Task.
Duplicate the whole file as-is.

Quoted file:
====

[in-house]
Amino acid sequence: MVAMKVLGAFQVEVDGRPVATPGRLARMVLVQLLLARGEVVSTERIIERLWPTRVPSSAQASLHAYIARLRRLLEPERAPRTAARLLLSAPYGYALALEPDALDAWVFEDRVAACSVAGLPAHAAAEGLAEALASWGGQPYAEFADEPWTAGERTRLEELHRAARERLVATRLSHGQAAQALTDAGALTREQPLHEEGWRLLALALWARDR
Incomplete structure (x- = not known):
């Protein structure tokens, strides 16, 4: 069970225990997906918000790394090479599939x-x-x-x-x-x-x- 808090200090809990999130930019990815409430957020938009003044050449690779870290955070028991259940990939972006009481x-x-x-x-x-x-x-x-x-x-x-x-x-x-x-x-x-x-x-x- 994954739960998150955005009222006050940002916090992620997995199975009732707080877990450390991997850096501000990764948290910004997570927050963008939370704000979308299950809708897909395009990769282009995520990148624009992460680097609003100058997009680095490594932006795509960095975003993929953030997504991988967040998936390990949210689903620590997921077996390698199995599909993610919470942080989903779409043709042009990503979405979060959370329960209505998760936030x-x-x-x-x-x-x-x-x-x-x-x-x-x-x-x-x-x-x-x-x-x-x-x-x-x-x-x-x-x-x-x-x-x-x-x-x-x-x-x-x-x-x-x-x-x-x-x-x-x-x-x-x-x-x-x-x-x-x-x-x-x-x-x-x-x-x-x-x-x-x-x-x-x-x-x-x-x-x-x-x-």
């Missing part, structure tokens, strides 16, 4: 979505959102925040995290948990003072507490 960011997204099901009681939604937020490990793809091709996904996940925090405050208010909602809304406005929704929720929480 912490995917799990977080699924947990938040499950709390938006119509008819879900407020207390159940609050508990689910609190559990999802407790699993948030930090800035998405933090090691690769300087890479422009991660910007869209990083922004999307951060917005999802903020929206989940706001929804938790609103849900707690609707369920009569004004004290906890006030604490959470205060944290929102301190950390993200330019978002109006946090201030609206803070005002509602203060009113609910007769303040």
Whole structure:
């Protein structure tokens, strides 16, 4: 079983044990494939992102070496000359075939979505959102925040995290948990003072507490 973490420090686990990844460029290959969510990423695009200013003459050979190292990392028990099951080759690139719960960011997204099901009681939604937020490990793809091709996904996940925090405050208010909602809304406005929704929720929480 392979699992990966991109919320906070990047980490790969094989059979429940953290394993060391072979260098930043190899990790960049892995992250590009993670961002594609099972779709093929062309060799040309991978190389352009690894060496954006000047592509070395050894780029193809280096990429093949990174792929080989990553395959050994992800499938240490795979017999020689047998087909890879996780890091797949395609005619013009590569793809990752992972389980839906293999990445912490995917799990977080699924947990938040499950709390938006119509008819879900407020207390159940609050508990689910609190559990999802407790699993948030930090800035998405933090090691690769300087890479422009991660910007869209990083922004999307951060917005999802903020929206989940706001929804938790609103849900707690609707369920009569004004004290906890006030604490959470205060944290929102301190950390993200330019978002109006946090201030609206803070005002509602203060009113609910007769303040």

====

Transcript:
[in-house]
Amino acid sequence: MVAMKVLGAFQVEVDGRPVATPGRLARMVLVQLLLARGEVVSTERIIERLWPTRVPSSAQASLHAYIARLRRLLEPERAPRTAARLLLSAPYGYALALEPDALDAWVFEDRVAACSVAGLPAHAAAEGLAEALASWGGQPYAEFADEPWTAGERTRLEELHRAARERLVATRLSHGQAAQALTDAGALTREQPLHEEGWRLLALALWARDR
Incomplete structure (x- = not known):
């Protein structure tokens, strides 16, 4: 069970225990997906918000790394090479599939x-x-x-x-x-x-x- 808090200090809990999130930019990815409430957020938009003044050449690779870290955070028991259940990939972006009481x-x-x-x-x-x-x-x-x-x-x-x-x-x-x-x-x-x-x-x- 994954739960998150955005009222006050940002916090992620997995199975009732707080877990450390991997850096501000990764948290910004997570927050963008939370704000979308299950809708897909395009990769282009995520990148624009992460680097609003100058997009680095490594932006795509960095975003993929953030997504991988967040998936390990949210689903620590997921077996390698199995599909993610919470942080989903779409043709042009990503979405979060959370329960209505998760936030x-x-x-x-x-x-x-x-x-x-x-x-x-x-x-x-x-x-x-x-x-x-x-x-x-x-x-x-x-x-x-x-x-x-x-x-x-x-x-x-x-x-x-x-x-x-x-x-x-x-x-x-x-x-x-x-x-x-x-x-x-x-x-x-x-x-x-x-x-x-x-x-x-x-x-x-x-x-x-x-x-």
């Missing part, structure tokens, strides 16, 4: 979505959102925040995290948990003072507490 960011997204099901009681939604937020490990793809091709996904996940925090405050208010909602809304406005929704929720929480 912490995917799990977080699924947990938040499950709390938006119509008819879900407020207390159940609050508990689910609190559990999802407790699993948030930090800035998405933090090691690769300087890479422009991660910007869209990083922004999307951060917005999802903020929206989940706001929804938790609103849900707690609707369920009569004004004290906890006030604490959470205060944290929102301190950390993200330019978002109006946090201030609206803070005002509602203060009113609910007769303040």
Whole structure:
């Protein structure tokens, strides 16, 4: 079983044990494939992102070496000359075939979505959102925040995290948990003072507490 973490420090686990990844460029290959969510990423695009200013003459050979190292990392028990099951080759690139719960960011997204099901009681939604937020490990793809091709996904996940925090405050208010909602809304406005929704929720929480 392979699992990966991109919320906070990047980490790969094989059979429940953290394993060391072979260098930043190899990790960049892995992250590009993670961002594609099972779709093929062309060799040309991978190389352009690894060496954006000047592509070395050894780029193809280096990429093949990174792929080989990553395959050994992800499938240490795979017999020689047998087909890879996780890091797949395609005619013009590569793809990752992972389980839906293999990445912490995917799990977080699924947990938040499950709390938006119509008819879900407020207390159940609050508990689910609190559990999802407790699993948030930090800035998405933090090691690769300087890479422009991660910007869209990083922004999307951060917005999802903020929206989940706001929804938790609103849900707690609707369920009569004004004290906890006030604490959470205060944290929102301190950390993200330019978002109006946090201030609206803070005002509602203060009113609910007769303040």